His full mouth thinned again, green eyes raking across me. “Fine.”
His agreement surprised me until I realized he expected to win this game too. He thought I’d reveal more with my answers than he would with his.
“Who the hell are you?” I demanded.
“Answer my question first.”
“You first. Who are you?”
He growled under his breath. “The Crystal Druid.”
Surprise flushed through me, and I couldn’t stop my eyelids from flickering with a single, startled blink. He was a druid?
“Now,” he rumbled, “tell me what you know about that bear and the other aggressive fae in this area.”
“I don’t know anything.”
His blade pressed painfully into my cheek. “This little game doesn’t work if you lie.”
“I’m not lying.”
“Then you’re an idiot. Every fae across the lower mainland is talking about the attacks and disappearances around here.”
“Fascinating, but this is the first I’ve heard of it.”
“Aren’t you a witch?”
“Yes, but a terrible one.”
His striking green eyes narrowed. “Terrible in what way?”
Ignoring his question, I shifted my blade ever so slightly, ensuring he couldn’t miss the sharp point in his peripheral vision. “My turn again. Why are you here?”
“Yes, yes, the attacks. But why do you care about some aggressive fae?” I arched my eyebrows, though my bangs probably hid them. “What are you hoping to gain, Crystal Druid?”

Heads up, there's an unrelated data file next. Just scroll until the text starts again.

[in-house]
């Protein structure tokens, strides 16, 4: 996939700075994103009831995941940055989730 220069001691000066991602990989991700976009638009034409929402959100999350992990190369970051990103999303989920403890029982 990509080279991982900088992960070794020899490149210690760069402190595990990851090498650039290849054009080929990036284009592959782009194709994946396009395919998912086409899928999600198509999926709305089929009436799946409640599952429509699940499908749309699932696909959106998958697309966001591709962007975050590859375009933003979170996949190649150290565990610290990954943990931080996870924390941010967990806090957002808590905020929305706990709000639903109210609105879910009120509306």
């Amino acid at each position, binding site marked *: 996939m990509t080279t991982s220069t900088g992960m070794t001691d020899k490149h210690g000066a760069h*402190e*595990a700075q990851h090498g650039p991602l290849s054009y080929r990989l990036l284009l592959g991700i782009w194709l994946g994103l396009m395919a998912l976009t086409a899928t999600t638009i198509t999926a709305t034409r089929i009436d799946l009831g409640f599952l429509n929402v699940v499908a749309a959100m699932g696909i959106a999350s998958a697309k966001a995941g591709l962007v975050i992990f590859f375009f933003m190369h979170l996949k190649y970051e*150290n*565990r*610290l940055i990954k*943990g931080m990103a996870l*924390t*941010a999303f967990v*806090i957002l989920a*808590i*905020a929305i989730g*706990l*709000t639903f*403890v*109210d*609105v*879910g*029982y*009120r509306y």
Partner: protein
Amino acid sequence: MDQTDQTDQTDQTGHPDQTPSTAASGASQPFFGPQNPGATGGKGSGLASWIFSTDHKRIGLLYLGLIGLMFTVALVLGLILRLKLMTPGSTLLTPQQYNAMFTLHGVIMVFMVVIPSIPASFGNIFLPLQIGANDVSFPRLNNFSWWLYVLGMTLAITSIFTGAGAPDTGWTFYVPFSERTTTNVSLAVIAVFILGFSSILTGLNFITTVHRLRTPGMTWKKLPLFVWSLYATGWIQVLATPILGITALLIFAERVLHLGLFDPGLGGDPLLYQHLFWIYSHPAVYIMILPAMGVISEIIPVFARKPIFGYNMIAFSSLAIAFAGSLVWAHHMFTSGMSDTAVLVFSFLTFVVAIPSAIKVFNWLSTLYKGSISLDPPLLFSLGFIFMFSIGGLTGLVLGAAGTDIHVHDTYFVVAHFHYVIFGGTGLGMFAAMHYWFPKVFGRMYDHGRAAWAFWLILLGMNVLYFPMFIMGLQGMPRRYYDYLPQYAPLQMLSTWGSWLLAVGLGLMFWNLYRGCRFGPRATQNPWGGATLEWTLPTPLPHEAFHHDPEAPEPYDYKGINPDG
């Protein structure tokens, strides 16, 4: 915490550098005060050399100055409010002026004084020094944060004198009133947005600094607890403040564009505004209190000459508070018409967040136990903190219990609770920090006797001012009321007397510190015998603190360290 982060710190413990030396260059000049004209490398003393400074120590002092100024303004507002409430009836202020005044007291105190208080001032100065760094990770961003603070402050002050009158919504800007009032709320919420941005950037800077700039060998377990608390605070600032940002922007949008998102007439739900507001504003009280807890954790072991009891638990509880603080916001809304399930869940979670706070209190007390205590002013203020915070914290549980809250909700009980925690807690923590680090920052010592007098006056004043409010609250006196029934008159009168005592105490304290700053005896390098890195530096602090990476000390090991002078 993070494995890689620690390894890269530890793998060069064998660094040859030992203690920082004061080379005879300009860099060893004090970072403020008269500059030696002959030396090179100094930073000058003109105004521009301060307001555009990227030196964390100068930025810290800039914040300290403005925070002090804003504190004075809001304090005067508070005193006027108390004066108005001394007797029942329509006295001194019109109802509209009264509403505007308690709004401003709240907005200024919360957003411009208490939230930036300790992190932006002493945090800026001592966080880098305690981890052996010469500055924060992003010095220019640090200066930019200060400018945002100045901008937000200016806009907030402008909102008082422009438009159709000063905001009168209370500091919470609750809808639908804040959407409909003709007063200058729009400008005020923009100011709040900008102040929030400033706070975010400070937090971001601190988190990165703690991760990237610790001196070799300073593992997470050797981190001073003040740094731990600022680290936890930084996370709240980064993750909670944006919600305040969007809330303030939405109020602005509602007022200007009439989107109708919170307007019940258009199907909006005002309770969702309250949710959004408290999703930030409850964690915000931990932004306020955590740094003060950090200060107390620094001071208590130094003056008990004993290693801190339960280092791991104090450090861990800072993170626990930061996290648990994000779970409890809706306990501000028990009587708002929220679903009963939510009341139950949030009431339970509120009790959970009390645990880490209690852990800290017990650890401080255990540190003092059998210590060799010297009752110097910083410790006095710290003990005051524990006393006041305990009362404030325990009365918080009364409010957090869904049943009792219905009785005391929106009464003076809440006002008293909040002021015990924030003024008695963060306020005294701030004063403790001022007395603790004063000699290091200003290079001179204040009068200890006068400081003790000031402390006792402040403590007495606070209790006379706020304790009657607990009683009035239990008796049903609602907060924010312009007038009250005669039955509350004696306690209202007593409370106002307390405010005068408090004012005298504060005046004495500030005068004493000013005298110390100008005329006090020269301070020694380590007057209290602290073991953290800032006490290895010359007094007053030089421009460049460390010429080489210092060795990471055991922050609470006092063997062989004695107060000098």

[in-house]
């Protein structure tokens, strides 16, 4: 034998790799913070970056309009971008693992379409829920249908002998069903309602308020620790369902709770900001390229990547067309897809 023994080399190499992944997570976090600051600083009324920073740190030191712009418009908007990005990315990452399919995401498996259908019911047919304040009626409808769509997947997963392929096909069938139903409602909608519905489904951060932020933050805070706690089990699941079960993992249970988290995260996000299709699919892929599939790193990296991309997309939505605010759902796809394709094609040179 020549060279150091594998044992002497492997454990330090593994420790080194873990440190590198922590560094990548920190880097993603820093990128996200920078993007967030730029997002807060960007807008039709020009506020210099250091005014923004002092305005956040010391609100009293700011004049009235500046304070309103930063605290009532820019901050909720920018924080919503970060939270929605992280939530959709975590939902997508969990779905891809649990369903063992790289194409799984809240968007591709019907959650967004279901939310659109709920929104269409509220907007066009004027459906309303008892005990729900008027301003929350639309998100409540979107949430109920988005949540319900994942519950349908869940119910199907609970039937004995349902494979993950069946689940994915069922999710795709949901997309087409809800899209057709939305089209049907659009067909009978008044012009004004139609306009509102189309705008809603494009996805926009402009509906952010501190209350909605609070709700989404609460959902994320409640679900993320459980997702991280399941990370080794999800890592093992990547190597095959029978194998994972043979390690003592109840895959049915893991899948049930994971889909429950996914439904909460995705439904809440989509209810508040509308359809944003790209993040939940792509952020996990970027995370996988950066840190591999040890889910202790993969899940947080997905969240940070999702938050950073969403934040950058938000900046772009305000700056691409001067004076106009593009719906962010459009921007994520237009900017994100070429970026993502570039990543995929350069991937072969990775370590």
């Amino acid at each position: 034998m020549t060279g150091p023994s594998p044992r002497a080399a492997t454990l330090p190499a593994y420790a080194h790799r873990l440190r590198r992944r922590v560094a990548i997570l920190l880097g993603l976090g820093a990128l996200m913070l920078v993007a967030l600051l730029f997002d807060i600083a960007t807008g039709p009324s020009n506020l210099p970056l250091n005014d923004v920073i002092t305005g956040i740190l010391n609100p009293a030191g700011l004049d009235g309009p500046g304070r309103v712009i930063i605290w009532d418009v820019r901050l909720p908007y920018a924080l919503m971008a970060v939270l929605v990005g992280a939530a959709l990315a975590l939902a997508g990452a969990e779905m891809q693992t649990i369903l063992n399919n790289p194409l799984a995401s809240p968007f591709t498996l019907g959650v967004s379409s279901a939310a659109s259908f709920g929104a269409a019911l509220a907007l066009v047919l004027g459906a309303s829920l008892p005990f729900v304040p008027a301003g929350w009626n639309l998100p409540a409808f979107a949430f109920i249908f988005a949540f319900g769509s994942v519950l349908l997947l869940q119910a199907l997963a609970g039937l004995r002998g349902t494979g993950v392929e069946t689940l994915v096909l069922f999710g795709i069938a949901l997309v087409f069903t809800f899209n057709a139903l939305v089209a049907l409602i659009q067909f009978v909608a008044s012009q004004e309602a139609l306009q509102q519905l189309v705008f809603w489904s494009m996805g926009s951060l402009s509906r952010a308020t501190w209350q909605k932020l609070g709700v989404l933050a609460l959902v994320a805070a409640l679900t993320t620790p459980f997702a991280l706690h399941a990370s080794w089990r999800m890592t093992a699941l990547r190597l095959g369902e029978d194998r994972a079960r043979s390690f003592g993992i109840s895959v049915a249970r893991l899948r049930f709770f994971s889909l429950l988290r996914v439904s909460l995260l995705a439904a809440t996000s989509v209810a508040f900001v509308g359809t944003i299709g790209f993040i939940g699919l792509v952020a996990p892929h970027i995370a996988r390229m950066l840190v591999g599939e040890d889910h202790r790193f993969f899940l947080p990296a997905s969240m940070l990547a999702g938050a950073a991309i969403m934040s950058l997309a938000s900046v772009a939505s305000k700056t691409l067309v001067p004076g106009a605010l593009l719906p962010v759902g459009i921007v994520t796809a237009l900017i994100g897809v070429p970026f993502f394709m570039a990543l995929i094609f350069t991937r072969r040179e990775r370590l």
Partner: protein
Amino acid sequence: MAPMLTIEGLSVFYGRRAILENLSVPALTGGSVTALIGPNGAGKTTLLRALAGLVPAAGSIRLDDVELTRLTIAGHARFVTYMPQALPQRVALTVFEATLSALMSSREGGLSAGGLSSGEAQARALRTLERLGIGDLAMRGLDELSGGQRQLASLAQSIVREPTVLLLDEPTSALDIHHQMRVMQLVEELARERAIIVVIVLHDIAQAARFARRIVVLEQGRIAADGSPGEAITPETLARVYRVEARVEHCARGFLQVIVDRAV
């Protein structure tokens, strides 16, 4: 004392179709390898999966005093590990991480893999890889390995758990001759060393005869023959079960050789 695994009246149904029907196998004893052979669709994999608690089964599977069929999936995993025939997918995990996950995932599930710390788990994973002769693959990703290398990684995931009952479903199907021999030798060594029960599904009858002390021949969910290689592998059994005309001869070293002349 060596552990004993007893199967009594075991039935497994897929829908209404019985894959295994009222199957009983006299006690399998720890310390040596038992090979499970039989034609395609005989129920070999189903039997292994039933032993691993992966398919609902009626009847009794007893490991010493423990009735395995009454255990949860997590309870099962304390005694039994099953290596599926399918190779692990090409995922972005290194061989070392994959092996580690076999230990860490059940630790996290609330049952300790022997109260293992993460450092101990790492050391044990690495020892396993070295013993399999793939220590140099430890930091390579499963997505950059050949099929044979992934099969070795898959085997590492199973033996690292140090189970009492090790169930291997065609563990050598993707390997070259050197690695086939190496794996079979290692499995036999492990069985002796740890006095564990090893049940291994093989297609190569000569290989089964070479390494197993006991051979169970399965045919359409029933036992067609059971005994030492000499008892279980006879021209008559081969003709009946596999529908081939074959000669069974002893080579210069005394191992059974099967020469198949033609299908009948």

Annette Marie is the best-selling author of The Guild Codex, an expansive collection of interwoven urban fantasy series ranging from thrilling adventure to hilarious hijinks to heartrending romance. Her other works include YA urban fantasy series Steel & Stone, its prequel trilogy Spell Weaver, and romantic fantasy trilogy Red Winter.
Her first love is fantasy, but fast-paced adventures and tantalizing forbidden romances are her guilty pleasures. She lives in the frozen winter wasteland of Alberta, Canada with her husband and their furry minion of darkness. When not writing, she can be found elbow-deep in one art project or another while blissfully ignoring all adult responsibilities.